Mississippi Scale for Combat-Related PTSD. The employment probability equation was estimated by using a probit: hourly earnings and hour-worked were estimated via ordinary least squares conditioned on being employed. The comparison group was white veterans without a history of psychiatric disorder, who had served in the military, but not in Southeast Asia, for less than one year and had low levels of war-related stress. The presence of any of four psychiatric diagnoses had a statistically significant negative effect on the probability of being employed: anxiety disorder, −0.415 (p < 0.01); substance abuse or dependence, −0.233 (p < 0.01); major depression, −0.390 (p < 0.01); and PTSD −0.498 (p < 0.01). However, none of the psychiatric disorders had an effect on the usual number of hours worked per week. Veterans with lifetime PTSD were 8.6% less likely to be working and, if working, earned 16% less per hour than veterans without PTSD. Veterans with major depression or substance use or dependence, but not anxiety disorders, also had lower hourly wages, although the lower wages are not significant for those with substance abuse or dependence. For men with depression, there was as 45% decrease in hourly wages (p ≤ 0.01), whereas for men with anxiety disorders, there was a 31% increase (p ≤ 0.01). In summary, combat-related PTSD significantly lowered the likelihood of working and the hourly wage. The authors noted that PTSD had a greater effect on reducing the likelihood of working and on the hourly wage than did deployment to Vietnam itself.

Similar results were seen by Jordan et al. (1992). Using data from the NVVRS, they found that Vietnam veterans with PTSD were five times more likely to be unemployed than veterans without PTSD (13.3% vs 2.5%).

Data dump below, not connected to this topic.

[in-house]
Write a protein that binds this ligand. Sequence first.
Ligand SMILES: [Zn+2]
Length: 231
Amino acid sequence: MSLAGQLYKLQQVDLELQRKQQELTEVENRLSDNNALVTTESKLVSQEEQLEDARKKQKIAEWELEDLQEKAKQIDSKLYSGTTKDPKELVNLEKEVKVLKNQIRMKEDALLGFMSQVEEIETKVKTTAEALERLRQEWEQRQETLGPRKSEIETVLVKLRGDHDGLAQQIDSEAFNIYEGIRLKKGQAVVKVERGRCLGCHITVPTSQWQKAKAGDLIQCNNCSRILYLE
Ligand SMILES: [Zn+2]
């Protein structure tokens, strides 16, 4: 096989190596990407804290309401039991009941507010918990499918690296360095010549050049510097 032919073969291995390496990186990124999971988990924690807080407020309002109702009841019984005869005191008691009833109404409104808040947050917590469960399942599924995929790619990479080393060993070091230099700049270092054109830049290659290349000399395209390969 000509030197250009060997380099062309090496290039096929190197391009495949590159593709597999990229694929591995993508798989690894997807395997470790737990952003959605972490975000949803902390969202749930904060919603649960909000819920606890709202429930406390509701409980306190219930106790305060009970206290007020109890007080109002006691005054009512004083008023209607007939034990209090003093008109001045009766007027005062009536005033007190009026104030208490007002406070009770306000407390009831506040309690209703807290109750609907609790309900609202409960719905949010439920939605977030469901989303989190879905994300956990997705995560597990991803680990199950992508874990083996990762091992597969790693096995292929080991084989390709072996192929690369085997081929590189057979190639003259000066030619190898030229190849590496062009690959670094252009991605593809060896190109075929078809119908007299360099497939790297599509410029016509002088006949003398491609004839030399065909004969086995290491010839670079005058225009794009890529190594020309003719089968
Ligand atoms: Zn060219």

The three secondary studies (Prigerson et al. 2001, 2002; Smith et al. 2005) reported similar results. Prigerson et al. (2001) used a subsample of 1703 men from the 1990-1992 NCS who reported experiencing a traumatic event to assess the impact of combat exposure on employment. They found that the 96 men who reported combat as their worst trauma had the highest rates of unemployment (20%) or having been fired in the last year (13%) compared with the highest rates for men who reported one of eight other traumas as their worst (13.4% and 9.7%, respectively). Using a different subsample of 2248 men from NCS, 179 of whom reported combat exposure data, Prigerson et al. (2002) estimated that 11.7% of 12-month job loss (relative risk 2.90, 95% CI 1.70-4.70, p < 0.001) and 8.9% of current unemployment (relative risk 2.37, 95% CI 1.55-3.44, p < 0.001) could be attributed to combat exposure.

Among 325 male Vietnam-era veterans being treated in 10 VA medical centers for severe or very severe PTSD symptoms, veterans with more severe PTSD symptoms (based on responses to the CAPS) were more likely to work part-time or not at all. A 10-point increase in CAPS score was associated with an almost 6% increase in the probability of not working, a 2% decrease in the likelihood of part-time work, and almost a 4% decrease in having full-time work (Smith et al. 2005).

Summary and Conclusions

Both primary studies considered by the committee indicated that veterans with PTSD are at greater risk for being unemployed and, if they are employed, are at risk for receiving lower wages than their counterparts without PTSD. However, the conclusions that can be drawn from the studies are limited in that they did not assess whether deployment itself had the same effect. Furthermore, all the primary studies were conducted in Vietnam veterans; none assessed the effect of Gulf War or other deployment on the later employment status of veterans. The secondary studies also indicated that veterans with combat exposure had poorer employment outcomes than those who experienced other or no traumas, particularly if they had PTSD.

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